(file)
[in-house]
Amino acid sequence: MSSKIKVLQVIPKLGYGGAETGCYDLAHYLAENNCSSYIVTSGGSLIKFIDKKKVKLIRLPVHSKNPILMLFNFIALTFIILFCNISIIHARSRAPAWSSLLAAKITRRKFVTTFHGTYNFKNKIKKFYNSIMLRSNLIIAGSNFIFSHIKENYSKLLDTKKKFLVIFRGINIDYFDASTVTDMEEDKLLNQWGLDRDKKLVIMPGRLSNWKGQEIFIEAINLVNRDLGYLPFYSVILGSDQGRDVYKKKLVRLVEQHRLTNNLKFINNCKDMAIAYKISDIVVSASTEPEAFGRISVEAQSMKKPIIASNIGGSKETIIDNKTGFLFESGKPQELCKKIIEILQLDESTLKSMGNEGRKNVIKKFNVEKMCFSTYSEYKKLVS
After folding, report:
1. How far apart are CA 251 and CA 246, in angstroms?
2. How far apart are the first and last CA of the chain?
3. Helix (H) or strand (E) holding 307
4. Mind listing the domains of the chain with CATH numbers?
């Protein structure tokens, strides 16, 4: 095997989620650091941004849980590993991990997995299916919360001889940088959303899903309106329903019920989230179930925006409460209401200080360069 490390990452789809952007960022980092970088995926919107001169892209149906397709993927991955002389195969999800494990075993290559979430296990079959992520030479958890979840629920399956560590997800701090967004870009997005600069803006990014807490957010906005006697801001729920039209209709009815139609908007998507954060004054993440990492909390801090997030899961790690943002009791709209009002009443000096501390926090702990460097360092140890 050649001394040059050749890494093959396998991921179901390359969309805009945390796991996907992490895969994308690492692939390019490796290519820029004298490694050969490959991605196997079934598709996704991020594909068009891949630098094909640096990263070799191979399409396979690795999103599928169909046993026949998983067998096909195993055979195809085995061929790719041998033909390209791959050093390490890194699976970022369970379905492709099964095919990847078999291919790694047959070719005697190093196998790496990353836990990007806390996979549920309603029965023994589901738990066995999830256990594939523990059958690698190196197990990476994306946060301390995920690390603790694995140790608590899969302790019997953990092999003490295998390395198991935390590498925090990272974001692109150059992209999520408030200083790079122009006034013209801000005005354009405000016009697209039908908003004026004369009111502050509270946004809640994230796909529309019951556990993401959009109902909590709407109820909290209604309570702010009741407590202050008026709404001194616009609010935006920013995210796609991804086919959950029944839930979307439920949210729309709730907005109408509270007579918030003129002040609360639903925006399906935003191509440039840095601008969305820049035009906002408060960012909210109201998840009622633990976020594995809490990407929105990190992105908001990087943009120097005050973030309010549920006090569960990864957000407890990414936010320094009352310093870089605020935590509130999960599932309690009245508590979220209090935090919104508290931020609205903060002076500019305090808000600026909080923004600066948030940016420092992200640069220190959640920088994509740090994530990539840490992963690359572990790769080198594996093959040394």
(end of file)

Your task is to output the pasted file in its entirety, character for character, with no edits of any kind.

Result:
[in-house]
Amino acid sequence: MSSKIKVLQVIPKLGYGGAETGCYDLAHYLAENNCSSYIVTSGGSLIKFIDKKKVKLIRLPVHSKNPILMLFNFIALTFIILFCNISIIHARSRAPAWSSLLAAKITRRKFVTTFHGTYNFKNKIKKFYNSIMLRSNLIIAGSNFIFSHIKENYSKLLDTKKKFLVIFRGINIDYFDASTVTDMEEDKLLNQWGLDRDKKLVIMPGRLSNWKGQEIFIEAINLVNRDLGYLPFYSVILGSDQGRDVYKKKLVRLVEQHRLTNNLKFINNCKDMAIAYKISDIVVSASTEPEAFGRISVEAQSMKKPIIASNIGGSKETIIDNKTGFLFESGKPQELCKKIIEILQLDESTLKSMGNEGRKNVIKKFNVEKMCFSTYSEYKKLVS
After folding, report:
1. How far apart are CA 251 and CA 246, in angstroms?
2. How far apart are the first and last CA of the chain?
3. Helix (H) or strand (E) holding 307
4. Mind listing the domains of the chain with CATH numbers?
């Protein structure tokens, strides 16, 4: 095997989620650091941004849980590993991990997995299916919360001889940088959303899903309106329903019920989230179930925006409460209401200080360069 490390990452789809952007960022980092970088995926919107001169892209149906397709993927991955002389195969999800494990075993290559979430296990079959992520030479958890979840629920399956560590997800701090967004870009997005600069803006990014807490957010906005006697801001729920039209209709009815139609908007998507954060004054993440990492909390801090997030899961790690943002009791709209009002009443000096501390926090702990460097360092140890 050649001394040059050749890494093959396998991921179901390359969309805009945390796991996907992490895969994308690492692939390019490796290519820029004298490694050969490959991605196997079934598709996704991020594909068009891949630098094909640096990263070799191979399409396979690795999103599928169909046993026949998983067998096909195993055979195809085995061929790719041998033909390209791959050093390490890194699976970022369970379905492709099964095919990847078999291919790694047959070719005697190093196998790496990353836990990007806390996979549920309603029965023994589901738990066995999830256990594939523990059958690698190196197990990476994306946060301390995920690390603790694995140790608590899969302790019997953990092999003490295998390395198991935390590498925090990272974001692109150059992209999520408030200083790079122009006034013209801000005005354009405000016009697209039908908003004026004369009111502050509270946004809640994230796909529309019951556990993401959009109902909590709407109820909290209604309570702010009741407590202050008026709404001194616009609010935006920013995210796609991804086919959950029944839930979307439920949210729309709730907005109408509270007579918030003129002040609360639903925006399906935003191509440039840095601008969305820049035009906002408060960012909210109201998840009622633990976020594995809490990407929105990190992105908001990087943009120097005050973030309010549920006090569960990864957000407890990414936010320094009352310093870089605020935590509130999960599932309690009245508590979220209090935090919104508290931020609205903060002076500019305090808000600026909080923004600066948030940016420092992200640069220190959640920088994509740090994530990539840490992963690359572990790769080198594996093959040394």